Action, not wishful thinking, fulfills visions

Published 2:30 pm Friday, April 6, 2018

This week, the 50th anniversary of the late Rev. Dr. Martin Luther King Jr.’s assassination has been noted and discussed in media and with tributes of all kinds. The famed civil rights leader was felled by a bullet from James Earl Ray’s gun on April 4, 1968, at a motel in Memphis, Tennessee.

Naturally, the conversation has focused on the late civil rights leader’s dream of racial equality and harmony. This goal was not based merely on fleeting images seen during sleep, but on the waking hope and need for people to get along and even thrive in spite of differences in skin color or beliefs.

As one might expect, the question has arisen whether or not King’s dream has been realized, or if it’s even achievable.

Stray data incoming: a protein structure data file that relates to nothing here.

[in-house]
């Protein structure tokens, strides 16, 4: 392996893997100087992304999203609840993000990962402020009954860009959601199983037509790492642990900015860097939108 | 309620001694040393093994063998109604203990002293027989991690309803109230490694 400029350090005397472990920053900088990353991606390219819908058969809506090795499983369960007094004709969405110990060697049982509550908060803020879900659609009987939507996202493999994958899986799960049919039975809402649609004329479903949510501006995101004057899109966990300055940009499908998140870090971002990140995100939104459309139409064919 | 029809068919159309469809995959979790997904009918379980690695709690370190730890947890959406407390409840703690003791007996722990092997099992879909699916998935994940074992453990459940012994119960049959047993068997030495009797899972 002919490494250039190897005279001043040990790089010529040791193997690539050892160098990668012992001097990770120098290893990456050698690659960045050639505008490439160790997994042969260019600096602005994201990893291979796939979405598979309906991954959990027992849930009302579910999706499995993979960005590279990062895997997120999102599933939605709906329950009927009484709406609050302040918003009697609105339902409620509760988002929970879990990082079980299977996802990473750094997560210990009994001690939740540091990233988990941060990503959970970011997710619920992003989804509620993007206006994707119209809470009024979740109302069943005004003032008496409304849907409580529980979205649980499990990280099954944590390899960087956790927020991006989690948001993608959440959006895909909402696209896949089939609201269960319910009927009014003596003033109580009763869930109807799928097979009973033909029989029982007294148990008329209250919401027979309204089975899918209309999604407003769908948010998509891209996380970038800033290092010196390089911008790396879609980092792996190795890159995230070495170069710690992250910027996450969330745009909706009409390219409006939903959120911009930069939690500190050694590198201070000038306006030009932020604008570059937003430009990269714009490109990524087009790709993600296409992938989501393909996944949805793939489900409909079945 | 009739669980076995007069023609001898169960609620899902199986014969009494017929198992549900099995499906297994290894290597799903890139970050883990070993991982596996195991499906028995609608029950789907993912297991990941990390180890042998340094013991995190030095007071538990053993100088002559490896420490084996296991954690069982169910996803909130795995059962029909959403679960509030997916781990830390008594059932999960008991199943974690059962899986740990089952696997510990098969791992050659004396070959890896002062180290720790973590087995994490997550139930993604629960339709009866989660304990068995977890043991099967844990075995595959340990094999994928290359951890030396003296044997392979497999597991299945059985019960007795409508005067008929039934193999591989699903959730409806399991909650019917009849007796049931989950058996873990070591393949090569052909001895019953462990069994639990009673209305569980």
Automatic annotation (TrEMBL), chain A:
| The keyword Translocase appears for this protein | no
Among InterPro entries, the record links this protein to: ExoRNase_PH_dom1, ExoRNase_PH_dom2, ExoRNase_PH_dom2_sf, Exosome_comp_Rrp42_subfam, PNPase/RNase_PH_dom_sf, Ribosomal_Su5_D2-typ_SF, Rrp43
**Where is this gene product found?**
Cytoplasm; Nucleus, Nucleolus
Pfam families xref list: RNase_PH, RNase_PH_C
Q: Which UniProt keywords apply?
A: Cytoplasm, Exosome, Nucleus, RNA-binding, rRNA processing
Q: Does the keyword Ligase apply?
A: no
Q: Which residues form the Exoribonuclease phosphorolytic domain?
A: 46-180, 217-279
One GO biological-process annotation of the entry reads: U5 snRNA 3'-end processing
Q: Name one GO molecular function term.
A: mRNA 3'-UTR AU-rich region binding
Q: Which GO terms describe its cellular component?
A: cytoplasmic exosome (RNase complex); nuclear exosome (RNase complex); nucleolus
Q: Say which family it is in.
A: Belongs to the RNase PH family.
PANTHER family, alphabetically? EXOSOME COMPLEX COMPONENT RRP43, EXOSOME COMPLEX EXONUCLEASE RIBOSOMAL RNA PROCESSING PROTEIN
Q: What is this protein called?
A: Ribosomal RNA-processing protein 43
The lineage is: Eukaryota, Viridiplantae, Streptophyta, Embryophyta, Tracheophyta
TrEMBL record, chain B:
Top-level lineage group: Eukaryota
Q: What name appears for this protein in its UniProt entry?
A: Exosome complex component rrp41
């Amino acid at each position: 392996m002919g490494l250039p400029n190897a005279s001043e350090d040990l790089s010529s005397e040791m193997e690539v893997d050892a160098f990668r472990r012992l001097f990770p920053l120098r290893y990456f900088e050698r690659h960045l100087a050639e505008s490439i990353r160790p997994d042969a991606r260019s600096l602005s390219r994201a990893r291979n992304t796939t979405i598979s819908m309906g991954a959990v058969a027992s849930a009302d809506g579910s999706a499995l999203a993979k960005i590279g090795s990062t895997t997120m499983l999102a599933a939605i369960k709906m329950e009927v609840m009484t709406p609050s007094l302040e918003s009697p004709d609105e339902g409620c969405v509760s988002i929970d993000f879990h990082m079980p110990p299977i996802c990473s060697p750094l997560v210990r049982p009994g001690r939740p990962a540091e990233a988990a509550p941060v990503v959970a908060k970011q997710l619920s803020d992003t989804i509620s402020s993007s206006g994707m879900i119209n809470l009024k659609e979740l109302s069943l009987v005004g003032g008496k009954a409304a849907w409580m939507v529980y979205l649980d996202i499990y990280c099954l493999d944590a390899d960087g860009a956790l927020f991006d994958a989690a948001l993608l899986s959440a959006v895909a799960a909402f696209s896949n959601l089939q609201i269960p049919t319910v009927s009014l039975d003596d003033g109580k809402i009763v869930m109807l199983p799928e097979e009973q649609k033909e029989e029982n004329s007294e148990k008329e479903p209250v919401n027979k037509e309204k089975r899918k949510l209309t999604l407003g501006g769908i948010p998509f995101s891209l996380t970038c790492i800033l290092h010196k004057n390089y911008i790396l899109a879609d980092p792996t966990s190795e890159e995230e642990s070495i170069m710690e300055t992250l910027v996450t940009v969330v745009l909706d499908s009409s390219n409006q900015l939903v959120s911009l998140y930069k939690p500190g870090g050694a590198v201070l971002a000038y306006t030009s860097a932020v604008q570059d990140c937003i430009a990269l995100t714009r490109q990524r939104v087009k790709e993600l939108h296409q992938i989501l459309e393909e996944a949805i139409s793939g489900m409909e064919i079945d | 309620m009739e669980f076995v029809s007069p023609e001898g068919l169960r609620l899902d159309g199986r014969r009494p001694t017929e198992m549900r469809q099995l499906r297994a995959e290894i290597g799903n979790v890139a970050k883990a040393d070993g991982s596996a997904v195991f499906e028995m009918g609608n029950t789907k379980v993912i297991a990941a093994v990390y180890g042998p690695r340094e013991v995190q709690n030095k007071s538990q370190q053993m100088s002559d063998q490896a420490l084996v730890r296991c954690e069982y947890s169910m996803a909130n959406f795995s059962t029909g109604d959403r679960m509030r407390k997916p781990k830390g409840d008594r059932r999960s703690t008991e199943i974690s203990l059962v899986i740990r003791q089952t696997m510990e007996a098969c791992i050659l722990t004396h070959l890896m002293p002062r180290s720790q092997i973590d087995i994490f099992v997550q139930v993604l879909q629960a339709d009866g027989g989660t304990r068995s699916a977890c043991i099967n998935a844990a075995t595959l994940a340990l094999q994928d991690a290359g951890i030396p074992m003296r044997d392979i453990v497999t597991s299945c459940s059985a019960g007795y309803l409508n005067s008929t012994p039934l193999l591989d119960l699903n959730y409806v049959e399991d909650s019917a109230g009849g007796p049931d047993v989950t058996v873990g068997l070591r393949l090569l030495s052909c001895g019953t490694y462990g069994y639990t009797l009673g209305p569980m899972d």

To the latter, we say absolutely yes.

Visions such as the one that King had are not something that can be realized in a single lifetime, but over generations. They require both patience and activity.

Expecting people’s attitudes to change overnight is naïve at best. Everyone can work toward better relations among every race — this isn’t just a white-and-black issue.

Respecting other men, women and children on a daily basis is a simple, but profound start.

Good manners cost nothing and they go a long way. Then there are the more visible tools of campaigning, voting and getting involved to create laws that can improve lives.

Don’t wait for other people to take such actions. You are needed to make that vision a reality.

Consider that hymn that people sing in church: “Let there be peace on earth, and let it begin with me.”